I have no idea why it is called "White Day".

March 20/21

Vernal Equinox
Day

"Shunbun no hi"  [National Holiday]

This is a day for the admiration of nature and the love of living things.  Most countries promote Earth Day, but only Japan (that I know of) has made it a national public holiday.

April 1

April Fool's Day

ALL All Countries seem to at least be aware of the day.  Some have adopted "April Fools' Day" as their own.  [Beware!]  I haven't had the chance to experience April Fool's day as a teacher in Mongolia yet, because April 1st has been on the weekend.  Maybe 2013 will be different.  I can't wait!
Arbor Day

AKA:
Tree-planting
Day

Arbor Day / "Tree-planting Day"

CHINA:  "Arbor Day" March 12 (National Holiday in Taiwan)

JAPAN:  "Greenery Day" May 4 (National Holiday)

KOREA:  "Arbor Day" April 5 (Not a day off)

MONGOLIA:  "Tree-planting Day" Second Saturday of May and October

VIETNAM:  none (not needed, I guess)

April 14

Black Day

"Black Day"

In Japan and Korea, men who received no chocolate (on Feb. 14) and the women who received no candy (on March 14), celebrate this day by eating noodles.  In Korea, it is traditional to eat Jja Jang Myeong on this day.  Jja Jang Myeon is a dish consisting of noodles and black sauce.

For more information on Korean Food, see my Korean Food page.

10th day of 3rd month of Lunar Calendar

Hung Vuong King's Day

Occurs on April 16, 2016
by
Gregorian calendar

Vietnamese legend tells of a dragon lord named Lạc Long Quân and a mountain fairy named Âu Cơ who had 100 sons. As the parents belonged to different realms, they parted ways, each taking 50 of the 100 sons to their respective homes.
The eldest son came to power in 2879 BC and became known as Hùng Vương, ruling an area covering what is now North Vietnam and part of southern China. He founded the Hồng Bàng Dynasty, which lasted until 258 BC.
Each successor of the original Hung Vuong took the title of Hung Vuong.  There were 18 Hung Vuongs in all.  (Source: Wikipedia)

Personally, I find this VERY interesting, because Korean history teaches something very similar.  According to "apocryphal" Korean history, from 3898 BC - 2333 BC There were eighteen Han-ungs, each ruling in succession of the other. (Han-ung was a title, not a name). The last Han-ung gave birth to the first Dan-gun.  Interestingly, Dan-gun Day is the 3rd day of the 10th month.  (Opposite of Hung Vuong King's Day).

8th day of 4th
month by Chinese Lunar Calendar

Buddha's
Siddhattha Gotama's
Birthday

Buddha's Birthday

CHINA:  May 14, 2016 (Not a national holiday)

JAPAN:  April 8 (every year)

KOREA:  May 14, 2016 (National Holiday)

MONGOLIA: Same as Tibet (usually a month later)

VIETNAM: probably same as China

May 1

"May Day"

Int'l Labor
Day

International Labor Day (May Day)

CHINA:  In China, everyone is considered a laborer, so everyone gets the day off.  It is the biggest shopping day of the year, so merchants won't take the day off.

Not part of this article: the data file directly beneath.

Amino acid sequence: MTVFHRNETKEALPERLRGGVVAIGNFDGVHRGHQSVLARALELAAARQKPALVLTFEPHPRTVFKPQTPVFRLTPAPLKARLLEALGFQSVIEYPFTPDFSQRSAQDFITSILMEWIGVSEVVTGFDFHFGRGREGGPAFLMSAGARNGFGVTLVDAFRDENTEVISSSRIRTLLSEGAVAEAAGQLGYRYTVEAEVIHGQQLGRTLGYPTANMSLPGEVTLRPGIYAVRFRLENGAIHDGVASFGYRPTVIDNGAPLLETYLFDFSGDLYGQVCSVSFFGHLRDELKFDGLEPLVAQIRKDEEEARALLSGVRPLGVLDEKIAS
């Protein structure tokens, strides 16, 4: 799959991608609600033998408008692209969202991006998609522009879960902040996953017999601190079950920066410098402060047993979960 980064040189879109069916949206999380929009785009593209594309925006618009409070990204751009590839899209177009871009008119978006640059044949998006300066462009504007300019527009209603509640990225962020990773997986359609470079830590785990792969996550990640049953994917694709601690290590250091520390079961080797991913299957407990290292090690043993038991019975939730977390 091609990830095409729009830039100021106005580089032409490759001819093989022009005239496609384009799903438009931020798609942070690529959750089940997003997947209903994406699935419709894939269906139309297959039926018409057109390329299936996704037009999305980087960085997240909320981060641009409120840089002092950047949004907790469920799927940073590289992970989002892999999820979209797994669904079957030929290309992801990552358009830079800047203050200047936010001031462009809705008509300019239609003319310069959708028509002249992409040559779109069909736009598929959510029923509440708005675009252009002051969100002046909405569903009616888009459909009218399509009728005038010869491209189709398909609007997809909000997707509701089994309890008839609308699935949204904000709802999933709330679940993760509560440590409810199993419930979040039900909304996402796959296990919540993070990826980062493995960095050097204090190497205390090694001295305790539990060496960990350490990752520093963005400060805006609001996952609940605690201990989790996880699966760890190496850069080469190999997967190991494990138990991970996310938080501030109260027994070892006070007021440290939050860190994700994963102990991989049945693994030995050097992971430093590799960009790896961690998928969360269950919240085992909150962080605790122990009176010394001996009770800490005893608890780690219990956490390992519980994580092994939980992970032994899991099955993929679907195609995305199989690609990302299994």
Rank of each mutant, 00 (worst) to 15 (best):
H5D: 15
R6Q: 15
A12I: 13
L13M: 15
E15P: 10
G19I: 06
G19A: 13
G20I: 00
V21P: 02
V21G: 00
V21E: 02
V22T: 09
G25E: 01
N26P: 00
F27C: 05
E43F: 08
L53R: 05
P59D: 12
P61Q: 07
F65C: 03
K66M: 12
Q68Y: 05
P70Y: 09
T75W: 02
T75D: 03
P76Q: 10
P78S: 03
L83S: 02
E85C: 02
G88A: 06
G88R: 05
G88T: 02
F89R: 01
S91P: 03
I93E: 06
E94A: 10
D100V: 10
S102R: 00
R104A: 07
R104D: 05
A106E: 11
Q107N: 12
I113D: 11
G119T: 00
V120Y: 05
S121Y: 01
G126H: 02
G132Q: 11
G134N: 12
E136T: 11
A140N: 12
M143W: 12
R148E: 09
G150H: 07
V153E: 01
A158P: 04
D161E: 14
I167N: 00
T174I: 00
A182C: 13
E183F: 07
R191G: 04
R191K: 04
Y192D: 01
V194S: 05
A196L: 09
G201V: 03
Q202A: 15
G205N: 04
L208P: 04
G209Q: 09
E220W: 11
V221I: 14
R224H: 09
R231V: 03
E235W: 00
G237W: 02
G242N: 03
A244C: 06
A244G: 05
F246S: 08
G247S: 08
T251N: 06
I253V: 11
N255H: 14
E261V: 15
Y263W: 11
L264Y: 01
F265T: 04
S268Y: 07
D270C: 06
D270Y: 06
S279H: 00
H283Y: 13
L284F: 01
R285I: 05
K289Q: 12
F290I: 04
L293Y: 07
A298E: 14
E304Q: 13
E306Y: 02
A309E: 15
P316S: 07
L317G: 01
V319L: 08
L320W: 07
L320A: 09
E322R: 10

JAPAN:  Japan's Labor Day is celebrated November 23rd, coinciding with the imperial harvest festival.

KOREA:  In Korea, "white-collar" professionals don't get the day off.  Only menial laborers get the day off.

MONGOLIA:  none

VIETNAM :  National Holiday

May 5, 8, 15

5th = children's day (day off)

8th = parents' day (not a day off, unless it is on Sunday)

15th = teachers' day (not a day off, unless it is on Sunday)

The 5th day of the 5th month of the Chinese Lunar Calendar

Double 5's
Day

(June 9, 2016)

  China :  "Dragon Boat Festival".  (not a day off)

Traditional foods are: hard-boiled eggs and "zhong4 zi" (sticky rice wrapped in bamboo leaves).  Little trinkets are made and given as gifts, each having five colors.

  Korea :  "Dan-o", which I think means "double five". (not a day off)

Traditional food is "o-gok bab" (five grain meal).  Traditionally women wash their hair with a particularly sweet smelling herbal shampoo, and men wore roots on the belt.  Nobody does those things these days.

Vietnam:  "Tết Đoan ngọ".  It's not a very big holiday. (not a day off)

ORIGINS
I suspect that the number 5 is representative of the Chinese Dragon, which had the appearance of five animals: head of a camel, antlers of a deer, body of a snake, leg and talons of an eagle, and scales of a fish.  The Chinese dragon also had 5 claws and 5 colors.

Children's
Day
CHINA:  June 1 (not a day off)

JAPAN:  May 5 (National Holiday)

KOREA:  May 5 (National Holiday)

MONGOLIA:  June 1 (National Holiday) "Mother's & Children's Day"

VIETNAM:  June 1 (not a day off)

July 11-13

Naadam
Festival

"Eriin Gurvan Naadam"  (Three Manly Games)

Started by Genghis Khan, the 'Three Manly Games' include: horse racing, archery, and wrestling.  Every year a national competition is held in Ulaanbaatar of the three manly games.  Only men compete in wrestling, but women participate in the archery competitions, and children participate in the horse racing.

The 7th day of the 7th month of the Chinese Lunar Calendar